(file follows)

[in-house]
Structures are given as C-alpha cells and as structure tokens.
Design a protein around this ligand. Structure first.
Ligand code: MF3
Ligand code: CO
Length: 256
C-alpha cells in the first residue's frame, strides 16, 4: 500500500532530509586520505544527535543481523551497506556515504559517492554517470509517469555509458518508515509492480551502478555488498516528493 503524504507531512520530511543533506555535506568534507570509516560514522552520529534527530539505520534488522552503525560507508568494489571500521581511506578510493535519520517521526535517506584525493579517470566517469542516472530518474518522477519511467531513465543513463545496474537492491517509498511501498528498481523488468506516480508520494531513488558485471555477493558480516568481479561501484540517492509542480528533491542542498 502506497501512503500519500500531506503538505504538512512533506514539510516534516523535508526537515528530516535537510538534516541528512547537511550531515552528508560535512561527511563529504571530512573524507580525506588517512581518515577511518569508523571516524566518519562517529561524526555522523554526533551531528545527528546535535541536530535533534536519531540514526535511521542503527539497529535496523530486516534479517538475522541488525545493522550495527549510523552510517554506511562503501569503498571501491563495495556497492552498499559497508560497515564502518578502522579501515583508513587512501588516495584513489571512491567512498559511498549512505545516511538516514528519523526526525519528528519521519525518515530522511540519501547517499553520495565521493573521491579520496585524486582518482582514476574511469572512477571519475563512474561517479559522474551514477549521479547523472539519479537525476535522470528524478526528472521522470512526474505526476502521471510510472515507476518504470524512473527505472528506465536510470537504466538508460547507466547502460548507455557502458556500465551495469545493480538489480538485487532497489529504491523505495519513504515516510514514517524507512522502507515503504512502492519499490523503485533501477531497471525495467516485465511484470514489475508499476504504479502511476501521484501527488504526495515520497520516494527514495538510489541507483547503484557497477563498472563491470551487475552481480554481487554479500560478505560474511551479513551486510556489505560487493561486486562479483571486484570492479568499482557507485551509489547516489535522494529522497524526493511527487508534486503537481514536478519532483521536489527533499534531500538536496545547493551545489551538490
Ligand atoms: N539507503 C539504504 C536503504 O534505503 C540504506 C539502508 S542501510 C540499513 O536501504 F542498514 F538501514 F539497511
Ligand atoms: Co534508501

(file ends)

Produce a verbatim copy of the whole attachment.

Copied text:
[in-house]
Structures are given as C-alpha cells and as structure tokens.
Design a protein around this ligand. Structure first.
Ligand code: MF3
Ligand code: CO
Length: 256
C-alpha cells in the first residue's frame, strides 16, 4: 500500500532530509586520505544527535543481523551497506556515504559517492554517470509517469555509458518508515509492480551502478555488498516528493 503524504507531512520530511543533506555535506568534507570509516560514522552520529534527530539505520534488522552503525560507508568494489571500521581511506578510493535519520517521526535517506584525493579517470566517469542516472530518474518522477519511467531513465543513463545496474537492491517509498511501498528498481523488468506516480508520494531513488558485471555477493558480516568481479561501484540517492509542480528533491542542498 502506497501512503500519500500531506503538505504538512512533506514539510516534516523535508526537515528530516535537510538534516541528512547537511550531515552528508560535512561527511563529504571530512573524507580525506588517512581518515577511518569508523571516524566518519562517529561524526555522523554526533551531528545527528546535535541536530535533534536519531540514526535511521542503527539497529535496523530486516534479517538475522541488525545493522550495527549510523552510517554506511562503501569503498571501491563495495556497492552498499559497508560497515564502518578502522579501515583508513587512501588516495584513489571512491567512498559511498549512505545516511538516514528519523526526525519528528519521519525518515530522511540519501547517499553520495565521493573521491579520496585524486582518482582514476574511469572512477571519475563512474561517479559522474551514477549521479547523472539519479537525476535522470528524478526528472521522470512526474505526476502521471510510472515507476518504470524512473527505472528506465536510470537504466538508460547507466547502460548507455557502458556500465551495469545493480538489480538485487532497489529504491523505495519513504515516510514514517524507512522502507515503504512502492519499490523503485533501477531497471525495467516485465511484470514489475508499476504504479502511476501521484501527488504526495515520497520516494527514495538510489541507483547503484557497477563498472563491470551487475552481480554481487554479500560478505560474511551479513551486510556489505560487493561486486562479483571486484570492479568499482557507485551509489547516489535522494529522497524526493511527487508534486503537481514536478519532483521536489527533499534531500538536496545547493551545489551538490
Ligand atoms: N539507503 C539504504 C536503504 O534505503 C540504506 C539502508 S542501510 C540499513 O536501504 F542498514 F538501514 F539497511
Ligand atoms: Co534508501